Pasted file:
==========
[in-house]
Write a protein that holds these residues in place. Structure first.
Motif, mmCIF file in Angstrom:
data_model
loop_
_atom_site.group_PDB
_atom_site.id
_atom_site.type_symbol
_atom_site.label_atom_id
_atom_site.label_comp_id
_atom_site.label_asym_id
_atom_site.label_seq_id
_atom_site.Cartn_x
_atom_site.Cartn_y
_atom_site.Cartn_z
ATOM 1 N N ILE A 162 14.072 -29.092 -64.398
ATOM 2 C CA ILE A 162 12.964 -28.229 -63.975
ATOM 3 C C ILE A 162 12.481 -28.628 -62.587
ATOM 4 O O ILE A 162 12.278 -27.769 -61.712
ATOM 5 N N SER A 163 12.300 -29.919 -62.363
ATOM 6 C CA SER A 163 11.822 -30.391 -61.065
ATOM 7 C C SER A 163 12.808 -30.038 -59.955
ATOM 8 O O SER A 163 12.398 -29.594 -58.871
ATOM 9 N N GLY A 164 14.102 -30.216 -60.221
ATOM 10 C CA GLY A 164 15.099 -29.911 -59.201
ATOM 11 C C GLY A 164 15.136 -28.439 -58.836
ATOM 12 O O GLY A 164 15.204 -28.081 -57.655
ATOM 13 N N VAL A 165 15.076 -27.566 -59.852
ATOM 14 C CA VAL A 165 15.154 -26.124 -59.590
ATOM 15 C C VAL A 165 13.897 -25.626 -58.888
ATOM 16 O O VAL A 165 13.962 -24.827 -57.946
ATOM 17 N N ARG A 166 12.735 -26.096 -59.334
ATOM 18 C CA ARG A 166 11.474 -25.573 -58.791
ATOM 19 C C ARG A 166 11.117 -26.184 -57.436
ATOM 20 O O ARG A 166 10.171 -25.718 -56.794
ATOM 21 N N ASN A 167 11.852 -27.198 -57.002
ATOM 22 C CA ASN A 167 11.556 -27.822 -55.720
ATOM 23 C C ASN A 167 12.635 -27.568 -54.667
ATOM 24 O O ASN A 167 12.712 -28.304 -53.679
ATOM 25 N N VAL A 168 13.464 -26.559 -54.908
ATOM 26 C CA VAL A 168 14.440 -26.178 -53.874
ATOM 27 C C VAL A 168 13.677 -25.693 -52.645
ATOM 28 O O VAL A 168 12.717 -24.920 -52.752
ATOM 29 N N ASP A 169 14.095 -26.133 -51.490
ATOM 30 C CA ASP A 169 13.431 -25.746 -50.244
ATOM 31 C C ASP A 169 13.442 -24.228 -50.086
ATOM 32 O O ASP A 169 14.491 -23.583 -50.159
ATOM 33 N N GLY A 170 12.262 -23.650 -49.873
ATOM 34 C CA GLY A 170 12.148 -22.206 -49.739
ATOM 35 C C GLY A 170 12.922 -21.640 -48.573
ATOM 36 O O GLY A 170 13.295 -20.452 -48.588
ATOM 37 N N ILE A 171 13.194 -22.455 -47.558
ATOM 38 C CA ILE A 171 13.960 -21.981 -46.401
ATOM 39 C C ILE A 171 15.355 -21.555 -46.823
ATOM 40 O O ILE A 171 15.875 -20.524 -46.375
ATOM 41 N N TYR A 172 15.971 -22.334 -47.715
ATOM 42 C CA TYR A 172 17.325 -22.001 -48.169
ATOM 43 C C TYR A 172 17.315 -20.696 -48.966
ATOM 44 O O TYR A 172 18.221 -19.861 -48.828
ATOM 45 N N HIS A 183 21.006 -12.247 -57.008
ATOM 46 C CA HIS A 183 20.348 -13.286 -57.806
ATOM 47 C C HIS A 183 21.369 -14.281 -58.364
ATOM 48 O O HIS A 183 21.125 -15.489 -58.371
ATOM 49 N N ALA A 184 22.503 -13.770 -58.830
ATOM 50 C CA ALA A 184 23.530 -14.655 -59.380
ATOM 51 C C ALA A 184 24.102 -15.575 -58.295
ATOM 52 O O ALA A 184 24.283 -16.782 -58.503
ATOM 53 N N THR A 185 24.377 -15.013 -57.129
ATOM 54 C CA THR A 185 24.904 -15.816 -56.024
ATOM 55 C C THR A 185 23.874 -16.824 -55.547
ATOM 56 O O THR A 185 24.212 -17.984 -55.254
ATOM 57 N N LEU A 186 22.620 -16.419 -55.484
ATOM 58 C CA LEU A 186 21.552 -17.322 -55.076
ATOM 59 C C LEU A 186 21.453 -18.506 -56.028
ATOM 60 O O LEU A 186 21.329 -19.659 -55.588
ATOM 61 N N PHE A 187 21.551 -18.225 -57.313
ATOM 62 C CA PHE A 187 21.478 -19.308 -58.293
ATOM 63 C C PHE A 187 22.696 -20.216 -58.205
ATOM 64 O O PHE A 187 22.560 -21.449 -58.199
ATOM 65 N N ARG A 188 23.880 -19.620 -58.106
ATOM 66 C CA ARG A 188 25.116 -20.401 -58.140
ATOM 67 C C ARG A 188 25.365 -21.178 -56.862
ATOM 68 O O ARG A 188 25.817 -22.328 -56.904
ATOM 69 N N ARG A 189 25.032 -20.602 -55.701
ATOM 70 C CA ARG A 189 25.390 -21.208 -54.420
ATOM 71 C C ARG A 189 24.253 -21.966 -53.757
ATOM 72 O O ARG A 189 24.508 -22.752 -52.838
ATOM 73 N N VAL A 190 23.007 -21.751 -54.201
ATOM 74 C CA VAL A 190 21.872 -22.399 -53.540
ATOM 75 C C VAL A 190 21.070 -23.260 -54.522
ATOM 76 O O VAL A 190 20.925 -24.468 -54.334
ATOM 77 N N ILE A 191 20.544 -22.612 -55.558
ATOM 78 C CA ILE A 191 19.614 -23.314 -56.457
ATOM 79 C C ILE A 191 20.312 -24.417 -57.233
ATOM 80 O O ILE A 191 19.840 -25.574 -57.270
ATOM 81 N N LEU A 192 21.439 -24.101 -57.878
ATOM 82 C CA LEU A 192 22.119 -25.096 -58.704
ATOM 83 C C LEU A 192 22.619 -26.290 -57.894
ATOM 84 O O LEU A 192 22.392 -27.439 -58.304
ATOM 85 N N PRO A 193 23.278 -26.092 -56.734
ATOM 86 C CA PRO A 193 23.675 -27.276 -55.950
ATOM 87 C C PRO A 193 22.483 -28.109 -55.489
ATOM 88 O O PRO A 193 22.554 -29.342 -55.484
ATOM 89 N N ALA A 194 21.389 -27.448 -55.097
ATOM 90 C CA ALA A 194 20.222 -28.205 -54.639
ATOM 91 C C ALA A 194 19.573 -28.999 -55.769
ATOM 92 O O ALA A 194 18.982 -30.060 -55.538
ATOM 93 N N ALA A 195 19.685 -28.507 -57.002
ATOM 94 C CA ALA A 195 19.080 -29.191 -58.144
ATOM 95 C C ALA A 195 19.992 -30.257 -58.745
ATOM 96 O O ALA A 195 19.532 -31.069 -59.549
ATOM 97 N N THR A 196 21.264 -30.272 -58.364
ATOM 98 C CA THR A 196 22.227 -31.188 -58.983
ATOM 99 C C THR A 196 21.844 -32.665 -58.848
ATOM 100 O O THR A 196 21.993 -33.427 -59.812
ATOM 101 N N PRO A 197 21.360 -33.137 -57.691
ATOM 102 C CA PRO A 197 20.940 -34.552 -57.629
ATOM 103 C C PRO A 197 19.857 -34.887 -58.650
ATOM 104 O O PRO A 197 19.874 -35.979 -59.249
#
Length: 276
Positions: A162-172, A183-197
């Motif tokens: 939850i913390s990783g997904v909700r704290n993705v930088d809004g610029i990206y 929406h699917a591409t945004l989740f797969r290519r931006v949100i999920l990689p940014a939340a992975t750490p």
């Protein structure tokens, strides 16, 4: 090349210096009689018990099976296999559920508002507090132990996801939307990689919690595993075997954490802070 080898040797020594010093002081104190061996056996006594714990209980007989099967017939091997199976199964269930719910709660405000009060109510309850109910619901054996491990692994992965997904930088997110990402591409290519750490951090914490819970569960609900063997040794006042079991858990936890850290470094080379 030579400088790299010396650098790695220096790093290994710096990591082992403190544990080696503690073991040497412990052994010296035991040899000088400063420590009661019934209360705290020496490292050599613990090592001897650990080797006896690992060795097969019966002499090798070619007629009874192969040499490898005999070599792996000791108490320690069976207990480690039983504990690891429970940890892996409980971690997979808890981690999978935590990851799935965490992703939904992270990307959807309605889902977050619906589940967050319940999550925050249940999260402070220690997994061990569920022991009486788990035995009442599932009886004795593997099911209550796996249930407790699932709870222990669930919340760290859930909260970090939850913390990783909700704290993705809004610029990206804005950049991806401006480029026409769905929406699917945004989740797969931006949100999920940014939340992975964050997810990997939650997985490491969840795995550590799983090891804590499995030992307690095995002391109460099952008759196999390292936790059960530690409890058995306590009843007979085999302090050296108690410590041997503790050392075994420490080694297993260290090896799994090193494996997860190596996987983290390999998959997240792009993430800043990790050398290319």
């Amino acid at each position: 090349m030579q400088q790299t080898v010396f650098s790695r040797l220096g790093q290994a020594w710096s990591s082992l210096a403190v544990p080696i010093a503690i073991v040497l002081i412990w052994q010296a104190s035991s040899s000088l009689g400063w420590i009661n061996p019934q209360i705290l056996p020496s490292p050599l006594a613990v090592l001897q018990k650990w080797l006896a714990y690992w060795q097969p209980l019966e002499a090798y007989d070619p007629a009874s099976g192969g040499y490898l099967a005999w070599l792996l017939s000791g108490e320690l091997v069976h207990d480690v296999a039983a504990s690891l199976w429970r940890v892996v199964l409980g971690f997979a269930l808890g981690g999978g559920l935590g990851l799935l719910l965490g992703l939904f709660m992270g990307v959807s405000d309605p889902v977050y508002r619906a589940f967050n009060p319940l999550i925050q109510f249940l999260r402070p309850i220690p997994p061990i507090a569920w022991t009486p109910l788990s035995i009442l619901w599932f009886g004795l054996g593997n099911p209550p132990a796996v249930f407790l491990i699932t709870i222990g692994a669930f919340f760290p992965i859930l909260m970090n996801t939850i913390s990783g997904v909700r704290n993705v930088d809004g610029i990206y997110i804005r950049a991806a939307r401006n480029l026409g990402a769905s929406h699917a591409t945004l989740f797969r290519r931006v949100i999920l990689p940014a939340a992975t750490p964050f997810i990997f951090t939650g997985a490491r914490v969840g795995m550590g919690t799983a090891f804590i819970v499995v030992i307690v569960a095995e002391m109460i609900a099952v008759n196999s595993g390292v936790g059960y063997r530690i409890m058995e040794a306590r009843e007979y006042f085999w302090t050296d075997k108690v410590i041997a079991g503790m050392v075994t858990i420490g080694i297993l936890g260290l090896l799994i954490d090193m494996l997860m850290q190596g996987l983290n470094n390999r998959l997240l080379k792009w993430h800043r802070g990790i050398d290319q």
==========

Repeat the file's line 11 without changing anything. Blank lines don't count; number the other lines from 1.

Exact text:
_atom_site.label_asym_id